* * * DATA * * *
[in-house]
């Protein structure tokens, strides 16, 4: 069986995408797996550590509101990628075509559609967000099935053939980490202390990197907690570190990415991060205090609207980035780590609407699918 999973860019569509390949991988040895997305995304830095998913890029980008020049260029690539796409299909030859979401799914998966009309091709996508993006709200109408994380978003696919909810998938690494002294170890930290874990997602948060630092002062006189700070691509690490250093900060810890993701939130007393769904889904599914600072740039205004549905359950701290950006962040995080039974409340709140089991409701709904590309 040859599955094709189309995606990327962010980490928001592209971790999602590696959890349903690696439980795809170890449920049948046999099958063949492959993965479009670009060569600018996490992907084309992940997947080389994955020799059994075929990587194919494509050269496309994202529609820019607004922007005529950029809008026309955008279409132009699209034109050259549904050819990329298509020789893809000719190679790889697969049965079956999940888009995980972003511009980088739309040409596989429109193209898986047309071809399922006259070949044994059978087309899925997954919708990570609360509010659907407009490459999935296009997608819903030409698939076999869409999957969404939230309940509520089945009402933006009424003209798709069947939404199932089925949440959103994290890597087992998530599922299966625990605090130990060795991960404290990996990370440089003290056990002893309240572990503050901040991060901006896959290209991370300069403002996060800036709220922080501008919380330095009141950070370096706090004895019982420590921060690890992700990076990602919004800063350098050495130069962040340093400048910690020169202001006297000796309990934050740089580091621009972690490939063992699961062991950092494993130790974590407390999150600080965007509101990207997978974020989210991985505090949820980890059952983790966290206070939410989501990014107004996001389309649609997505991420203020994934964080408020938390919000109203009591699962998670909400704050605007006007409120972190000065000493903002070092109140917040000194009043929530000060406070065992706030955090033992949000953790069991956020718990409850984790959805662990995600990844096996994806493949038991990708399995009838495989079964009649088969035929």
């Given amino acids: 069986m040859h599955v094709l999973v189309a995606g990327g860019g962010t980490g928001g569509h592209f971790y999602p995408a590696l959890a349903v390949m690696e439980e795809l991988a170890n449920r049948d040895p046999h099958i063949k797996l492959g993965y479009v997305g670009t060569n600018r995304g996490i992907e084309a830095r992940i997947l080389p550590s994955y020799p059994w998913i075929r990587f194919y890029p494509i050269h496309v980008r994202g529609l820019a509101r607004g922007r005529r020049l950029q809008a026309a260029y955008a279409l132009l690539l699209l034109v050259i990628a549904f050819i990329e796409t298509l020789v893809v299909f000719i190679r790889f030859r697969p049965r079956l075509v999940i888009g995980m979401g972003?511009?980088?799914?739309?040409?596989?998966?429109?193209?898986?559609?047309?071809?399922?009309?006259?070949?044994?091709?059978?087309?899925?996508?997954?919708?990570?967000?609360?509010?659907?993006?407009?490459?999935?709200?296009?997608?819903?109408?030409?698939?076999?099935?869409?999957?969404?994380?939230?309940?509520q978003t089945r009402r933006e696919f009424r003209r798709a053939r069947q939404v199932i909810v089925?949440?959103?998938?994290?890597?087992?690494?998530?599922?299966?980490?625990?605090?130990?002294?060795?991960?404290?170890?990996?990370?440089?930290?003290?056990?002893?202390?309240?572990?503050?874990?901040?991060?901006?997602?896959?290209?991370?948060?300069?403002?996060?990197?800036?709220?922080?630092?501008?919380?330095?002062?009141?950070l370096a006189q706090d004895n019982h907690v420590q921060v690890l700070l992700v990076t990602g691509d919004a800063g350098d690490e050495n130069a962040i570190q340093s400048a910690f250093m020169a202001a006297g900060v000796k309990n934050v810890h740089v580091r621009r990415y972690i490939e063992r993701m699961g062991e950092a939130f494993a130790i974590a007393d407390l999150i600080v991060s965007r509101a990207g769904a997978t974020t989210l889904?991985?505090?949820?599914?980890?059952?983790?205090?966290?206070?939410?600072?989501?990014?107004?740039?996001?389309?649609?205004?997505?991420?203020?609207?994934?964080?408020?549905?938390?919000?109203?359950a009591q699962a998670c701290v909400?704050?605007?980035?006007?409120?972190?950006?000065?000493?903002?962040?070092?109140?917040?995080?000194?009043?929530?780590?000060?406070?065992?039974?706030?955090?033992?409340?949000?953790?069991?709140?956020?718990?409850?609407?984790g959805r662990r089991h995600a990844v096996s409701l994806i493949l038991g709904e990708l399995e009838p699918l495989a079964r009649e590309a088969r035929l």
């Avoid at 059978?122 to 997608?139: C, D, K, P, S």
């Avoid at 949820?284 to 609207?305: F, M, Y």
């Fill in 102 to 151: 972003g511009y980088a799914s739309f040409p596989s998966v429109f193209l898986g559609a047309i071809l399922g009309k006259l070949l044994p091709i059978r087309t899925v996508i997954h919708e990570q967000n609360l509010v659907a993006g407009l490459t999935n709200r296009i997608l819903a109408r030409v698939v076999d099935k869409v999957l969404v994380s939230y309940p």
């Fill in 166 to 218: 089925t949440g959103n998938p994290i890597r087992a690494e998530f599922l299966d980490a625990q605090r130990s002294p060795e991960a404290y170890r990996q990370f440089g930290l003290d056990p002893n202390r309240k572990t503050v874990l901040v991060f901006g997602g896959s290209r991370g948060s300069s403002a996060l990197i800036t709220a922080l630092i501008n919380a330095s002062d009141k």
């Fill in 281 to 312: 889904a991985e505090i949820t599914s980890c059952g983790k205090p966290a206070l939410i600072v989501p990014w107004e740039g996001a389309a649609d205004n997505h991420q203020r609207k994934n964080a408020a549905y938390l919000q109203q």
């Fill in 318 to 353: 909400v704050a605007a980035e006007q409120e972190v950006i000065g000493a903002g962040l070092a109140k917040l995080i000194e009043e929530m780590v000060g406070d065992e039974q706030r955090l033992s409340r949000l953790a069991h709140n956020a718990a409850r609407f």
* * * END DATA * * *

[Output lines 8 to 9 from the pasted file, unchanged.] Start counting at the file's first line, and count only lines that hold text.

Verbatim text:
């Fill in 281 to 312: 889904a991985e505090i949820t599914s980890c059952g983790k205090p966290a206070l939410i600072v989501p990014w107004e740039g996001a389309a649609d205004n997505h991420q203020r609207k994934n964080a408020a549905y938390l919000q109203q």
């Fill in 318 to 353: 909400v704050a605007a980035e006007q409120e972190v950006i000065g000493a903002g962040l070092a109140k917040l995080i000194e009043e929530m780590v000060g406070d065992e039974q706030r955090l033992s409340r949000l953790a069991h709140n956020a718990a409850r609407f």